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Covered Bridges and Box Socials | Gaspesian Heritage WebMagazine
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Covered Bridges and Box Socials

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When we were teenagers, we’d hang out at the covered bridge in Wakeham. We would sit on the side of the bridge and talk and share chocolate bars. There were always several couples hanging out and sharing jokes or cuddling under the covered bridge. At the end of the night, we’d walk home together. We’d go to the bridge two, maybe three times a week.

Sometimes a car would try to get through the bridge, but here would be so many bikes lined up that it would take them a long time to get through. They would literally have to creep by us to pass. Other times we would sit on the grass beside the bridge and have a bonfire and sing songs. If someone had a mouth organ then we would have a little bit of music, which we all liked a lot. We just talked and laughed and had a good time. That was what our courting days were like under that covered bridge.

We also loved to go to dances. We used to have what we called ‘box socials.’ We had a box social about two or three times a year in the hall in Wakeham. The girls would make lunch and put it in a box and take it to the dance. We would make a sandwich to put in the box, as well as a cookie or two and sometimes an apple. The boys didn’t know what girl had made what box and they would buy a box and then had to share it with the girl who had made it. You just had to take a chance. The girls made the boxes and the boys did the buying. The first time Carl and I [Ella]went to a box social, he took a chance and got my box lunch, and we have been sharing meals ever since.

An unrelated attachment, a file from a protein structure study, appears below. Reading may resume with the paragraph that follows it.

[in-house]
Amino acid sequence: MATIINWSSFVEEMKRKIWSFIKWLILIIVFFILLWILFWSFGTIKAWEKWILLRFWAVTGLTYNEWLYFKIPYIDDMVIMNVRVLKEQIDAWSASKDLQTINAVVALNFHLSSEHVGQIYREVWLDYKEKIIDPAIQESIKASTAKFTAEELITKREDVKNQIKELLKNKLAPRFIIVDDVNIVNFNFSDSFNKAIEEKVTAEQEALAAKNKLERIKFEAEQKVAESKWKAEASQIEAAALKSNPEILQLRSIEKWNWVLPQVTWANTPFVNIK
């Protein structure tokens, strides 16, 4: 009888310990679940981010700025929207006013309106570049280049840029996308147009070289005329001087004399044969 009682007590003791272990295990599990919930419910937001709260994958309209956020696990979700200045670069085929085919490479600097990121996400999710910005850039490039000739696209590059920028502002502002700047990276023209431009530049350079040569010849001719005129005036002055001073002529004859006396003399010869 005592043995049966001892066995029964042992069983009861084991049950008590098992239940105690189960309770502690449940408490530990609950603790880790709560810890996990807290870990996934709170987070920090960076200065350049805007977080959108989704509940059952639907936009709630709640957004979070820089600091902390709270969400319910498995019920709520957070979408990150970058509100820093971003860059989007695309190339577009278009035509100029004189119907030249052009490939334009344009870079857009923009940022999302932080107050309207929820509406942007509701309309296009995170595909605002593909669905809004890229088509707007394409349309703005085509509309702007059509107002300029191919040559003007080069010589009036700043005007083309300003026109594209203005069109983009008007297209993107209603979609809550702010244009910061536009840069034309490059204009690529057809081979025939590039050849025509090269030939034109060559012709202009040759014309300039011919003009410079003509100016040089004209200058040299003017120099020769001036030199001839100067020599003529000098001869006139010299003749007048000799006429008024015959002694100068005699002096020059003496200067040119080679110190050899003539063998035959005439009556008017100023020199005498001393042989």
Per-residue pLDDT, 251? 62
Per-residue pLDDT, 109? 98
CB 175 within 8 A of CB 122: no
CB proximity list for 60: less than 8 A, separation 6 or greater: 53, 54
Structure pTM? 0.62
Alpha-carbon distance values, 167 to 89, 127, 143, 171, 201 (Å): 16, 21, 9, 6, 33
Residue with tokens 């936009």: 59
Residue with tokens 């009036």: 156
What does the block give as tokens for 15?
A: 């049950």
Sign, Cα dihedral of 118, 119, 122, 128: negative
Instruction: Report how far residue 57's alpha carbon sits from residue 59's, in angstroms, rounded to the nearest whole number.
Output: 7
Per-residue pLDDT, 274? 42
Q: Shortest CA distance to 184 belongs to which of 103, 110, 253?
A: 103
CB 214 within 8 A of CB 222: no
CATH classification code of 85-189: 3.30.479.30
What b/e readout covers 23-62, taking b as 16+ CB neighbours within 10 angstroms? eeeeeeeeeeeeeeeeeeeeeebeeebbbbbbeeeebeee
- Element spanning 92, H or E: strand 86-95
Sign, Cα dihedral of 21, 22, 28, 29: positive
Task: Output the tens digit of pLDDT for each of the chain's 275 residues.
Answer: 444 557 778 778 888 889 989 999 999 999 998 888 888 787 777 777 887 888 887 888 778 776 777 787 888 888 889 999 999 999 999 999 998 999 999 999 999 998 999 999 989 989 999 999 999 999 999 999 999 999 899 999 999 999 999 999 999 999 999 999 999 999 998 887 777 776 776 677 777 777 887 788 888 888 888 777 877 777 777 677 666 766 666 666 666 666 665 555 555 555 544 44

We knew from the very first time we met, that was it, we both knew. I was a Protestant and he was a Catholic and we got married in Montreal, after going to two different churches to find one willing to marry us. We ended up getting married in the United Church and have been married for 65 years. Oh, we’ve had our ups and downs, but we forget about them and remember only the good times. And it all started with a box social.

*Carl Gillis, born in Gaspé in 1917, is a retired World War II veteran of the 64th Battery of the Royal Canadian Artillery. He owned a pastry shop and a service station in Gaspé. Ella was born in Gaspé in 1922 and worked as a caregiver, as well as a housekeeper. The couple reside in Gaspé and have recently celebrated their 65th wedding anniversary.